An #UPFRONT conversation with Adah Parris
Motivational speaker, strategic consultant and cultural innovator Adah Parris is an enthusiastic curator of people, patterns and stories. She’s on a mission to create an ethical culture of innovation.
We were thrilled to get the chance to learn about what confidence means to her, how she rediscovered her sense of identity, and her desire to improve her public speaking through improv classes. Here’s her story.
What does confidence mean to you?
Confidence comes from our ability to recognise our own potential, to take action in creating the impact we want to make by speaking and living our truths.
Our confidence grows when we stop comparing ourselves to others by understanding that our measures of success may not be the same, or even similar to that of another, and that’s ok. It’s not supposed to be.
What are some of the biggest challenges you’ve encountered?
Rediscovering my sense of identity whilst maintaining some level of confidence, and staying present and professional at work whilst going through a very messy and protracted divorce.
How did you overcome these challenges?
Talking to people helped. I found allies and support networks of people going through similar situations. Recognising that there was no shame in what I was going through; it was a disappointment, but not shameful. That took a long time to come to terms with.
I read self-help books and watched videos but I also wrote letters (that I was never going to send) to the person/people who I needed to talk to but felt that I couldn’t.
I would write letters containing everything that I wanted to say. I just let the words and emotions flow.
It was a cathartic exercise especially because I didn’t have to send the letter to the other person. The letters also acted as an agenda-setting exercise. This meant that I had already dealt with some of the emotions surrounding the issue and so if and when I was ready to speak to the person, I knew what I wanted to express, but with my emotions in check.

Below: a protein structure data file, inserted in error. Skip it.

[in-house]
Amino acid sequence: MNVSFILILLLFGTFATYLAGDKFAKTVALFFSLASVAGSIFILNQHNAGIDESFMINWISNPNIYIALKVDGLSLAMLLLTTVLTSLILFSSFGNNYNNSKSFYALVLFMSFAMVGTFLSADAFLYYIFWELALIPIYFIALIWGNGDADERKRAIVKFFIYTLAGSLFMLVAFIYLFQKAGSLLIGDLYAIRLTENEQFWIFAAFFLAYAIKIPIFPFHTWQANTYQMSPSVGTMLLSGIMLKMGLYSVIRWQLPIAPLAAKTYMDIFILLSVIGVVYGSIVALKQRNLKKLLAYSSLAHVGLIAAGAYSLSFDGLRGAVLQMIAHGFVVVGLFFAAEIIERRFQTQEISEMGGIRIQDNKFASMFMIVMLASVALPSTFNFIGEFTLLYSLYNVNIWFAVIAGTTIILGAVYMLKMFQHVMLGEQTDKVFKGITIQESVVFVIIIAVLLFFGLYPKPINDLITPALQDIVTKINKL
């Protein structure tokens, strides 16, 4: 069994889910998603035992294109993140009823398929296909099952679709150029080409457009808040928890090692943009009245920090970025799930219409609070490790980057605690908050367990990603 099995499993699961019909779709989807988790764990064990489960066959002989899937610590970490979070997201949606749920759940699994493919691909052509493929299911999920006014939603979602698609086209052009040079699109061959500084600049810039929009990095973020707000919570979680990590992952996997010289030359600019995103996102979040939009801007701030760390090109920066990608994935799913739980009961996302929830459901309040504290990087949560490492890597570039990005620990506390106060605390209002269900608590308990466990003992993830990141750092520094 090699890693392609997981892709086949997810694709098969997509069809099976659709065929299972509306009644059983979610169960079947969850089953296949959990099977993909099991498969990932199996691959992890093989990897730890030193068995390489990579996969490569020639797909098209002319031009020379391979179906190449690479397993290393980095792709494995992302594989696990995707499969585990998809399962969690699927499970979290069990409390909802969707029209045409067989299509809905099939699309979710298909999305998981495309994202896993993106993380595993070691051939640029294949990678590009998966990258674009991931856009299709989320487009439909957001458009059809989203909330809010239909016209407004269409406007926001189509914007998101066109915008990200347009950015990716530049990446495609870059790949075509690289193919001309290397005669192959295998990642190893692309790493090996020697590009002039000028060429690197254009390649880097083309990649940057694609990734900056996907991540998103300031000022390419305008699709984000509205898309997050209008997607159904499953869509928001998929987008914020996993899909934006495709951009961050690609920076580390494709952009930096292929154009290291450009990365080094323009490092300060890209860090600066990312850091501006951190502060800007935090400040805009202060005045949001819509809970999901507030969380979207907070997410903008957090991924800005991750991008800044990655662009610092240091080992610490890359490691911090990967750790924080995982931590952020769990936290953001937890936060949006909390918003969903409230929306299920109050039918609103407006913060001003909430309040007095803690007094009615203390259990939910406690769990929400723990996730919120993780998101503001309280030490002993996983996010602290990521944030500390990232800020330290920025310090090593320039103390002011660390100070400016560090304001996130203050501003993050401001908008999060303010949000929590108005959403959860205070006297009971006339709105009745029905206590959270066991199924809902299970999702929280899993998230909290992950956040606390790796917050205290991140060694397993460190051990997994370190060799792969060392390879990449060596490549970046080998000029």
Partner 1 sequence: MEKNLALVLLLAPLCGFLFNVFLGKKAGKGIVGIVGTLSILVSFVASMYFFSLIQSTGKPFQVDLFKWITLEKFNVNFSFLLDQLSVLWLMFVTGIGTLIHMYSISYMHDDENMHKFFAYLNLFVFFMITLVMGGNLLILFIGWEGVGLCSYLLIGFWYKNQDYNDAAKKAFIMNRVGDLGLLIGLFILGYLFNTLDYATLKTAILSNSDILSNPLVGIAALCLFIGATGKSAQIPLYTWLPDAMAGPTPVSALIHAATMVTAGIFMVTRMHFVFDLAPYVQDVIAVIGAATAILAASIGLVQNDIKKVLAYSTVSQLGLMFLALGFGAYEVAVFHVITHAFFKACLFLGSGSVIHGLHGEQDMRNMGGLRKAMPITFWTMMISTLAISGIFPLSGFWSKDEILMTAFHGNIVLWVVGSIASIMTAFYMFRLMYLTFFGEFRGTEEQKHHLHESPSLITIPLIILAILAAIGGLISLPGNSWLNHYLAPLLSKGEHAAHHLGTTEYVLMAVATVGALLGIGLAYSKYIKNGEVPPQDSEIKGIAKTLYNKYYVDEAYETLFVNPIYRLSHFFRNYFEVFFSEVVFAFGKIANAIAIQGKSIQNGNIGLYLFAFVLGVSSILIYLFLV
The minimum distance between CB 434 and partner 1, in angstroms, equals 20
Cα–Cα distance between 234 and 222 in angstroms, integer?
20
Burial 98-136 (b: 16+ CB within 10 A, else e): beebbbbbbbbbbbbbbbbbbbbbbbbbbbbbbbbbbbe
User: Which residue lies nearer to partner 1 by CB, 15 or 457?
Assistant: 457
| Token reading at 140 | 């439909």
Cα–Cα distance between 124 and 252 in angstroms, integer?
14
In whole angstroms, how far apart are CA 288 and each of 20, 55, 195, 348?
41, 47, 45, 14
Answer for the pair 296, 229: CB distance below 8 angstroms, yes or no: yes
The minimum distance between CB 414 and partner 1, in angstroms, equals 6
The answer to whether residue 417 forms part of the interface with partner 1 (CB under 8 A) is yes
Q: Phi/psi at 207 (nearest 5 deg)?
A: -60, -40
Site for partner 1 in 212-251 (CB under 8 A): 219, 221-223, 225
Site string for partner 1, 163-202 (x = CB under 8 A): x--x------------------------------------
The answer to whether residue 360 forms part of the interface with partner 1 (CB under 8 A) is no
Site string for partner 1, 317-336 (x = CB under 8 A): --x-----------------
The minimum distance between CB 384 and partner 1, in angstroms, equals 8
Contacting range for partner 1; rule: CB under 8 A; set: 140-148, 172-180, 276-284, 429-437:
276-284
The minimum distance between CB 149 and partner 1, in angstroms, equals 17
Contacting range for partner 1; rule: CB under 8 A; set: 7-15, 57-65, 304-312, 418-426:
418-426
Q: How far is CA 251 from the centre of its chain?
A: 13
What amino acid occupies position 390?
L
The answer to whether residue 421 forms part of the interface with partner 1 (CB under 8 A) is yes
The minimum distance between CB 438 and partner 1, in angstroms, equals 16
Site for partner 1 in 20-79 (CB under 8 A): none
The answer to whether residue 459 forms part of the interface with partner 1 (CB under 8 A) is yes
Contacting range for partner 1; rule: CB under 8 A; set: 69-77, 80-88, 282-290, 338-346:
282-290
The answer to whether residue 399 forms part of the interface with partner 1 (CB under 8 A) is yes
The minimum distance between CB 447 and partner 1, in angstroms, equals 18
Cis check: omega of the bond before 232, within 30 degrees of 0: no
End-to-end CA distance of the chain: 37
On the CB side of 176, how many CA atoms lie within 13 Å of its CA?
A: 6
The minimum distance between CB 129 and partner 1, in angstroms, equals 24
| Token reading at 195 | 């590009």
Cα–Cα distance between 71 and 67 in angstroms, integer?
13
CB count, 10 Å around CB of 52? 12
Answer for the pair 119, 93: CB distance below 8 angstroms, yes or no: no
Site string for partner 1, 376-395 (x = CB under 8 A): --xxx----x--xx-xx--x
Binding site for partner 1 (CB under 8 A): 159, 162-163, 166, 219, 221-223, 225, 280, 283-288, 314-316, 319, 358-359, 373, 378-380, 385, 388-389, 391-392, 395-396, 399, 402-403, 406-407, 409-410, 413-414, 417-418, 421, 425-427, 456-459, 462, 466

What are some things you have on the horizon for building or challenging your confidence?
I’m pretty scared of the idea of improv and have quite literally run away from workshops in the past. Even as I type this I can feel my anxiety levels growing at the thought of doing improv.
And that’s why one day, I’ll do it.
It’s not a priority for me right now; I look at my relationship with my priorities rather than constantly saying that I’m busy.
My curiosity about life, mindsets, patterns of behaviours and tools to help us make the transformation that we would like to means that I’m comfortable with a certain level of discomfort, especially if it means that I can explore my resilience and vulnerabilities.
I want, need and desire to restart my singing lessons. A few months ago, I started some embodied singing sessions with a wonderful voice coach. Not because I’d like to sing professionally, but because her technique helps you connect with your whole body, remembering that the sound that comes out of your mouth is part of a bigger orchestra of the body.
The way you stand, breathe, and think all impact your confidence in your ability to let out what’s inside. It’s an embodied process and I’ve found it to be pretty powerful.
What would your advice be to people reading who want to be more #UPFRONT?
Intimacy = into me see. Learn how to see and connect with what makes you who you are, including the resilient and the vulnerable parts.
What are the different personas that you wear or assume that form part of your narrative? What are your levels of power and responsibility in changing your own narrative? What excites, drives, motivates and nurtures you?
How can we expect anyone else to see, recognise or know how to support us, if we don’t know, or are afraid to look ourselves?
Why do you think organisations like #UPFRONT are important?
Organisations like #UPFRONT are important because they create and nurture communities where people can come together to share their stories and experiences, and support each other.
They help to remind their members and audiences that they are human first, and not just a label or a number, that there is power through sharing and collective intelligence, and that transformation is possible.
Thank you Adah for sharing your story with us at #UPFRONT. If you’d like to learn more about her and the work she’s doing, make sure to check out her website. You can also find and follow her on LinkedIn, Twitter, Instagram, and Medium.